‘Divided sunburnt country: Australia 1916-18 (15): Final thunderous appeals, pro and con, on the eve of the conscription plebiscite 100 years ago’, Honest History, 27 October 2016
Prime Minister Hughes’s final appeal appeared in the Melbourne Argus of 27 October and, certainly, in many other papers also:
You will decide on Saturday the greatest issue ever put before a free people [Hughes began]. From out the fog of lies with which the opponents of the Government deliberately sought to obscure it the great issue shines out clear and distinct. We are part of the British Empire … If the Empire falls we fall with it. The Empire is fighting for its life. Britain has asked us to do our share. The question is: Are you going to do it?
He appealed to the Anzac tradition, barely a year old but going strong, and to more primal motivations: ‘Is Australia going to prove true to herself, to the traditions of our race, to the men of Anzac, or stand out before the world as degenerates and unworthy?’
Germany had not been beaten, the voluntary system had failed, there was no threat of industrial conscription, no need to keep men at home to defend White Australia.
If we turn tail, and, like cravens, desert the Empire to whom we owe everything, abandon the Allies who have suffered such awful losses and made great sacrifices, but who still fight gallantly on – if we refuse to reinforce the heroic Anzacs, then, indeed, will fall upon us the doom we deserve. Before the tribunal of the nations we shall stand condemned.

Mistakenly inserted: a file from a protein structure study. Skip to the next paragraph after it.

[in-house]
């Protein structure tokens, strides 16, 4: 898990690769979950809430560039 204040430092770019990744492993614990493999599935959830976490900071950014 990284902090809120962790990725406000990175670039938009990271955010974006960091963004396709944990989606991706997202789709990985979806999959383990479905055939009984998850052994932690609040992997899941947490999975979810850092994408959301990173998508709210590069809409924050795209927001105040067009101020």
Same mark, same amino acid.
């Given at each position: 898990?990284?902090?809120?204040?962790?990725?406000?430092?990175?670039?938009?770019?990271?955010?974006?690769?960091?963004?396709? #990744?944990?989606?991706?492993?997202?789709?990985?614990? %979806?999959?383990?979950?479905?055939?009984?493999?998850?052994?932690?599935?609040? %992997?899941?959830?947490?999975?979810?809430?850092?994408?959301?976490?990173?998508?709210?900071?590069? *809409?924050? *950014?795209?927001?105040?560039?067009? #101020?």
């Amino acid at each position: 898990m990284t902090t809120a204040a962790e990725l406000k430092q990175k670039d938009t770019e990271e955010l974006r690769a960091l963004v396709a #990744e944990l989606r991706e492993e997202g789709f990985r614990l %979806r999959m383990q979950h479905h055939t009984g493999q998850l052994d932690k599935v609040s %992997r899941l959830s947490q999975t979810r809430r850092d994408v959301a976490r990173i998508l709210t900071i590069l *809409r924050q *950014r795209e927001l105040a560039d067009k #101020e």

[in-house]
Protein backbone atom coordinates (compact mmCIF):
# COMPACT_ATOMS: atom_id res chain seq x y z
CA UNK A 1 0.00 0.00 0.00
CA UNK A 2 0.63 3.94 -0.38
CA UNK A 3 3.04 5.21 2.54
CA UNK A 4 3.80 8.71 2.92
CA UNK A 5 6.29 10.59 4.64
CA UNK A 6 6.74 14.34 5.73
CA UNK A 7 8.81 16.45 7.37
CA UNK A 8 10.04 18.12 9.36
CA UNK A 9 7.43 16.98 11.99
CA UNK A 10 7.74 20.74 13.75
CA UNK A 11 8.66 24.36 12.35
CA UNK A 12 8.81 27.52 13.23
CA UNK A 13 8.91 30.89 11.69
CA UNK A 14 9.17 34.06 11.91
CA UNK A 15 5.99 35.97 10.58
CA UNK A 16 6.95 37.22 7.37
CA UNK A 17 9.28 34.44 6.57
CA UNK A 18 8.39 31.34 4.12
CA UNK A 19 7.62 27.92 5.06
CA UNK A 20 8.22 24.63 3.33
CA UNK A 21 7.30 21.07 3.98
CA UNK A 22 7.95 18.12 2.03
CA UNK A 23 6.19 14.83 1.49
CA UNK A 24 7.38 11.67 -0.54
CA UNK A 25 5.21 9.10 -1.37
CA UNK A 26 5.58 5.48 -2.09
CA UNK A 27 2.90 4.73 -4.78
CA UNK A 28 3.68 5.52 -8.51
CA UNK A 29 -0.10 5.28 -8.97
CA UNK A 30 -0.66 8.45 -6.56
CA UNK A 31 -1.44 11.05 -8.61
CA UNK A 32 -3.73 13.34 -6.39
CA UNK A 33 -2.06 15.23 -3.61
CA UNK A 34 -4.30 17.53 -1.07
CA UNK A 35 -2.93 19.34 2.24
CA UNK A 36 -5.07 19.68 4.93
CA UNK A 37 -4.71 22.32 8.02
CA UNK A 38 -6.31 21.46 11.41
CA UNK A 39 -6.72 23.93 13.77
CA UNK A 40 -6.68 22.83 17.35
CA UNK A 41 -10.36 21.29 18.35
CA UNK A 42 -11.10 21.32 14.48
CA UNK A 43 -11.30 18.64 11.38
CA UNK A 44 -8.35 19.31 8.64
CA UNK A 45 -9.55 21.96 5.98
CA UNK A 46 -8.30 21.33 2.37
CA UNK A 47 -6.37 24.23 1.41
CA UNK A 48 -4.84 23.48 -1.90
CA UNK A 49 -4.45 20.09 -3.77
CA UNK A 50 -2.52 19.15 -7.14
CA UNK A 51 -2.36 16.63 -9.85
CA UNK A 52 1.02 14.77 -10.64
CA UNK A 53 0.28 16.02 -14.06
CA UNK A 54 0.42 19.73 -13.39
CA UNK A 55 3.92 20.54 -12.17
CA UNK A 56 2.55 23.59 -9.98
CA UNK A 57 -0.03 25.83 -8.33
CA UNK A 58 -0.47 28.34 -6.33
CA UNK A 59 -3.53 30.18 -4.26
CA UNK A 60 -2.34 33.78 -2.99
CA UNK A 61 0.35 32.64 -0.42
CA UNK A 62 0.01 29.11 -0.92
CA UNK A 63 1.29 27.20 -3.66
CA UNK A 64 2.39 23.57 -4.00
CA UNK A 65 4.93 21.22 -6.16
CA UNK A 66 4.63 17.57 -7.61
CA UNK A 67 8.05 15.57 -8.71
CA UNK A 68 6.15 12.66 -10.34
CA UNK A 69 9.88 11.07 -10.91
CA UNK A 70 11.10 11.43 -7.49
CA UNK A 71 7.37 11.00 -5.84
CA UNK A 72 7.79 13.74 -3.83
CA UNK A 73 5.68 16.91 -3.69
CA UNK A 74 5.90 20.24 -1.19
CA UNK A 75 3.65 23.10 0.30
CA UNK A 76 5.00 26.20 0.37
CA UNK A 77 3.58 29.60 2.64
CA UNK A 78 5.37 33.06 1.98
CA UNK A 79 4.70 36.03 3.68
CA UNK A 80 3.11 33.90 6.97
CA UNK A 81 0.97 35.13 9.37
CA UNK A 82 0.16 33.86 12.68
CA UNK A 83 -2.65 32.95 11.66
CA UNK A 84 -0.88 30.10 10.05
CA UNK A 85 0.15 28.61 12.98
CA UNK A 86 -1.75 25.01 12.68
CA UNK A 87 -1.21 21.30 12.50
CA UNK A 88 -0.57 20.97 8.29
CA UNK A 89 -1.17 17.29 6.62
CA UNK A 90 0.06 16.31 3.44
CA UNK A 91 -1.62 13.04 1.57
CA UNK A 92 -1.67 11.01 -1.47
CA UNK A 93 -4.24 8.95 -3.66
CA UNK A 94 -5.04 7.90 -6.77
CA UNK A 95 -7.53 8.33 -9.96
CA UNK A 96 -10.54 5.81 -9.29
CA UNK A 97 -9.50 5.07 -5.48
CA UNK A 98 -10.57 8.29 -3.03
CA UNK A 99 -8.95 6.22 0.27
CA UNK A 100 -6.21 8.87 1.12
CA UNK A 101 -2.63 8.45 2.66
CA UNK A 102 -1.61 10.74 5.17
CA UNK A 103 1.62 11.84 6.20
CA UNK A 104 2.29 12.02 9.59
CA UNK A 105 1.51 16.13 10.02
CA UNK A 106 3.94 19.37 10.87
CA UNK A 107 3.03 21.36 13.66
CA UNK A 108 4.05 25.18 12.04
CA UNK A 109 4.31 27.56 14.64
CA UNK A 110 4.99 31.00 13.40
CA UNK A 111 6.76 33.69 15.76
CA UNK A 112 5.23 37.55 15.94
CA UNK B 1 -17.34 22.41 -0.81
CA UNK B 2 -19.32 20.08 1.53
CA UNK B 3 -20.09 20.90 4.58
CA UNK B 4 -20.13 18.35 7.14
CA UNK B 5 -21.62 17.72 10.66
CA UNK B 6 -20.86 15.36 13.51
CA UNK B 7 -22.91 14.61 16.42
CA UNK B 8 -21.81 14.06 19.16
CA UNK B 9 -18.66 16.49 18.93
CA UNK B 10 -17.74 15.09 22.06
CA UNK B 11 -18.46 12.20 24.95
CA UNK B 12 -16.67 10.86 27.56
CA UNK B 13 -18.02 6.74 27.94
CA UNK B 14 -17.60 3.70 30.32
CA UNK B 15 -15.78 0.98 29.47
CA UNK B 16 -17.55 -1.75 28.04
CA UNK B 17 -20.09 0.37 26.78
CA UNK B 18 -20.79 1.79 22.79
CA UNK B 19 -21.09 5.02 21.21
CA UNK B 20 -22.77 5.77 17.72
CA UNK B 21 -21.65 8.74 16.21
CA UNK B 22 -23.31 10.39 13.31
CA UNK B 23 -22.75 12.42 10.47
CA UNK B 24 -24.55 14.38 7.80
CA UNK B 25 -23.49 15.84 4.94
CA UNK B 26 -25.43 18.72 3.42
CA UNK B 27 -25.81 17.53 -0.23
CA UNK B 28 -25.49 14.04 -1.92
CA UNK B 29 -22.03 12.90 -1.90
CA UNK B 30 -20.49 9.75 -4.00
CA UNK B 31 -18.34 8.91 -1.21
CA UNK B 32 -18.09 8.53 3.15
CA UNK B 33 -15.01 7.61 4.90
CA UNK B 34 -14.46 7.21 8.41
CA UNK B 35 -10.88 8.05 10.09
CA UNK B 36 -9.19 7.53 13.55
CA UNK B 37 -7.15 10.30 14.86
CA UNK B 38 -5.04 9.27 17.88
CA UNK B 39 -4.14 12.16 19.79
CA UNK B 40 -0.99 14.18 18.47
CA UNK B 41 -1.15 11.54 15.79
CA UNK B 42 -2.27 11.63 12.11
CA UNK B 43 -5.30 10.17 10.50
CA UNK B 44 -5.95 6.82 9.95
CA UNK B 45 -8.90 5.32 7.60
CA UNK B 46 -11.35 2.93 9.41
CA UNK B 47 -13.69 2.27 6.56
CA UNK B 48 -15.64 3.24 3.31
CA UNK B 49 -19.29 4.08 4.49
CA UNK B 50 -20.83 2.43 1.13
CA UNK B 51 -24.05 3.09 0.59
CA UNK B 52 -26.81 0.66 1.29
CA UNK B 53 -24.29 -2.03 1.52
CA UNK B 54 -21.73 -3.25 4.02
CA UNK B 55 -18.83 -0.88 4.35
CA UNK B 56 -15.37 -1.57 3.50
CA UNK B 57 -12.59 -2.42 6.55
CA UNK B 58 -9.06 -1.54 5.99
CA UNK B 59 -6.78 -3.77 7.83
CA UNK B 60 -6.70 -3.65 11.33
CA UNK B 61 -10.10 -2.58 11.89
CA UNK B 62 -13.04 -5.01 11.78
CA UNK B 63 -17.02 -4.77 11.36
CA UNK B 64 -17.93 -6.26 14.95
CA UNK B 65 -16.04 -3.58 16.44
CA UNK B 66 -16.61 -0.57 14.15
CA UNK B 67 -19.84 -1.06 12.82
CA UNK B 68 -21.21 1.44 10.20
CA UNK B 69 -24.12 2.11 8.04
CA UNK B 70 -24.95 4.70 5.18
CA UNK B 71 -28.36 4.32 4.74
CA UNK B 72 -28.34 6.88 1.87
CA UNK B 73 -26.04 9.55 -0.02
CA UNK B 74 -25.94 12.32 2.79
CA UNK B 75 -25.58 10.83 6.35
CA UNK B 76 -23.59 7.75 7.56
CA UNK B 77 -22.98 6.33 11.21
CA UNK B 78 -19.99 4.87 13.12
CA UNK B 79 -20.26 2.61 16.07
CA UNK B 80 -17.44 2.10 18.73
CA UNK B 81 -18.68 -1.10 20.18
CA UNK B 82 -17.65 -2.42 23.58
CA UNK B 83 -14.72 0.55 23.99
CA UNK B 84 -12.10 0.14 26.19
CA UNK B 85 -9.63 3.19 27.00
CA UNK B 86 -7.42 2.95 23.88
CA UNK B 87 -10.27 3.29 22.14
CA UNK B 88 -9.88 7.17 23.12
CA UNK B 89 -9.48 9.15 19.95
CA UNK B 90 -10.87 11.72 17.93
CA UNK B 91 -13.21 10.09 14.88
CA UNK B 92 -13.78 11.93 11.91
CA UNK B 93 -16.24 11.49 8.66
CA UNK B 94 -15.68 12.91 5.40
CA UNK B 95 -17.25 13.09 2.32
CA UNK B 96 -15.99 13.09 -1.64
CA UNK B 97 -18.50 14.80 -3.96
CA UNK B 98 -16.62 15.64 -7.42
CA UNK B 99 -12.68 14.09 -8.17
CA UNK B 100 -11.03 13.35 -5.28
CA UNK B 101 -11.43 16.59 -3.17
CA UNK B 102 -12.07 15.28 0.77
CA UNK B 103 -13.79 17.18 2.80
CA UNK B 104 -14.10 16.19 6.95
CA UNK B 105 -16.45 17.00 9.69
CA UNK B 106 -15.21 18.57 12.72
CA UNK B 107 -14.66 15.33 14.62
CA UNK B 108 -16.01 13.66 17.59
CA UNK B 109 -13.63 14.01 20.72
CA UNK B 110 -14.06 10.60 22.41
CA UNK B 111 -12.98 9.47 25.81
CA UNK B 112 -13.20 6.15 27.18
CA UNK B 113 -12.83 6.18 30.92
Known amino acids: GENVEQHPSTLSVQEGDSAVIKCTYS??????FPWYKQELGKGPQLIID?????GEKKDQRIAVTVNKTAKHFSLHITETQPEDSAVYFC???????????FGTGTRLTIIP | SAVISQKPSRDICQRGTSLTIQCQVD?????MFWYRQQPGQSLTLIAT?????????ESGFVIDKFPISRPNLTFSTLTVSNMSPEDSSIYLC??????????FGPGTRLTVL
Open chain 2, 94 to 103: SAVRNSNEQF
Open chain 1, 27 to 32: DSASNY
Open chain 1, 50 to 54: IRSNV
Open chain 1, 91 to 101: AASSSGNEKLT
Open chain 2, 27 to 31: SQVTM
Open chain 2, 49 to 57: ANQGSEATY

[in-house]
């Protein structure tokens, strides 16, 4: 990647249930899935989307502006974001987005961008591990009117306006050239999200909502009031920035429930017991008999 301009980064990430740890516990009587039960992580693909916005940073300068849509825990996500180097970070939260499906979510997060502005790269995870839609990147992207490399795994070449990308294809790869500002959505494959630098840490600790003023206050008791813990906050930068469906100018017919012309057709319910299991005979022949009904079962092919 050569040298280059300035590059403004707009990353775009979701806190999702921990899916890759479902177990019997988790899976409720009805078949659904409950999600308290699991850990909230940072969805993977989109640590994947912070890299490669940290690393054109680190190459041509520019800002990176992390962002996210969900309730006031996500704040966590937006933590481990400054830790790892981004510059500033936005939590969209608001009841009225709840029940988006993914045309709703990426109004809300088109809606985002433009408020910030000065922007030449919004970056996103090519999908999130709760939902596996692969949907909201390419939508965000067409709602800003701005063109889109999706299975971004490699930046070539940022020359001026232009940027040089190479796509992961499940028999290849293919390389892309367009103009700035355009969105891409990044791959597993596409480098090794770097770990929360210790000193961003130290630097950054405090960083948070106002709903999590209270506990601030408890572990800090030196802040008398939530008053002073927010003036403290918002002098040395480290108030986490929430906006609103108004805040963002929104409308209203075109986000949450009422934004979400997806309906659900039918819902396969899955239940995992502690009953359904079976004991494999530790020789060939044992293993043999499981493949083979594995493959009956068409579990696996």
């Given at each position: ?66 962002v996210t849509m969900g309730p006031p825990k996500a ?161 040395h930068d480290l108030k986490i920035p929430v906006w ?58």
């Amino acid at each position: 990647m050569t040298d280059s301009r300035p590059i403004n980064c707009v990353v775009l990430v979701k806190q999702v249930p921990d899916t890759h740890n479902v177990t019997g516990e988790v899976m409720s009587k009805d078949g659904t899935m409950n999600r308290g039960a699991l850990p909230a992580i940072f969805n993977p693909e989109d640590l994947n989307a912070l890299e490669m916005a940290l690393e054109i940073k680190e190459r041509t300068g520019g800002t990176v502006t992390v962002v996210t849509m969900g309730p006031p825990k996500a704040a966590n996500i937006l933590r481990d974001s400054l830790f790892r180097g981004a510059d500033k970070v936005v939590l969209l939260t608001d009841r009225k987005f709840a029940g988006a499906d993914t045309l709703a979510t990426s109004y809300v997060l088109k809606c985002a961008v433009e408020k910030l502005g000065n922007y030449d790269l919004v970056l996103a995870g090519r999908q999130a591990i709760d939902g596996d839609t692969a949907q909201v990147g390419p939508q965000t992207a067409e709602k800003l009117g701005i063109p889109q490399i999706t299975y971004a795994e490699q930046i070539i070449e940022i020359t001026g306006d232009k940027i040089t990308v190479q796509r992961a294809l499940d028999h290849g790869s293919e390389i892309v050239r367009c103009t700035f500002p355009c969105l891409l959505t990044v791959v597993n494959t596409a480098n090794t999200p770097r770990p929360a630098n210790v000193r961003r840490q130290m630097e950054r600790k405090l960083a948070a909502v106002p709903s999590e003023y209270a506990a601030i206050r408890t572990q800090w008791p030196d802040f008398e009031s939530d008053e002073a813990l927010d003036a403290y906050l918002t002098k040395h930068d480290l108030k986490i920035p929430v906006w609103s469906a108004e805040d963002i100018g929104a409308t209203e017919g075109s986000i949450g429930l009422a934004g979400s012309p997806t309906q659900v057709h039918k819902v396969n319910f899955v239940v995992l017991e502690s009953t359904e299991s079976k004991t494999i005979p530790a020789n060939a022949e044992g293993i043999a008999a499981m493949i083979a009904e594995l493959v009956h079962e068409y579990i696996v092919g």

Fellow-citizens, be true to yourselves, to Australia, to the Empire, and vote Yes.
WM Hughes (Wikipedia)
1. ‘Conscription is objectionable, but necessary,’ say the yellers for militarism in Australia. Conscription is not only objectionable, it is suicidal. Where the most virile of the population is rendered inefficient, or killed outright in battle, the race is carried on by the least fit physically, or children are begotten in passion, are born mentally as well as physically unfit …
3. ‘There can be no peace until Germany is crushed utterly, and Australia must be conscripted to the last man and the last shilIing to enable the Allies to do this.’ …
No Government has a right to keep its people in ignorance as to what they are committed by their rulers to fight for!
4. ‘Even if it means the ruin of Australia, the fatal depletion of her manhood, and the bankruptcy of her finances, it is preferable to the dishonor of a broken promise,’ say the fanatic militarists.
That sending 200,000 more men out of this country to fight on foreign soil will mean industrial calamity, the smashing of unionism, and its dependent White Australian policy, and financial ruin, no thinking man will deny. Shall we pay such a price to protect the promises of one or more politicians? Promises of the sacrifice of lives which do not belong to them, and wealth which they have neither earned nor owned? …
Will Australia be hypnotised into self destruction? NO! Though bound and gagged and blindfolded, she holds the knife, and with the weapon of her vote will cut free from the shackles of the politicians, and justify herself and humanity by voting an overwhelming “NO” on October 28.
Jennie Scott Griffiths, 1918 (Terry Irving/Gerry Whitmont Collection)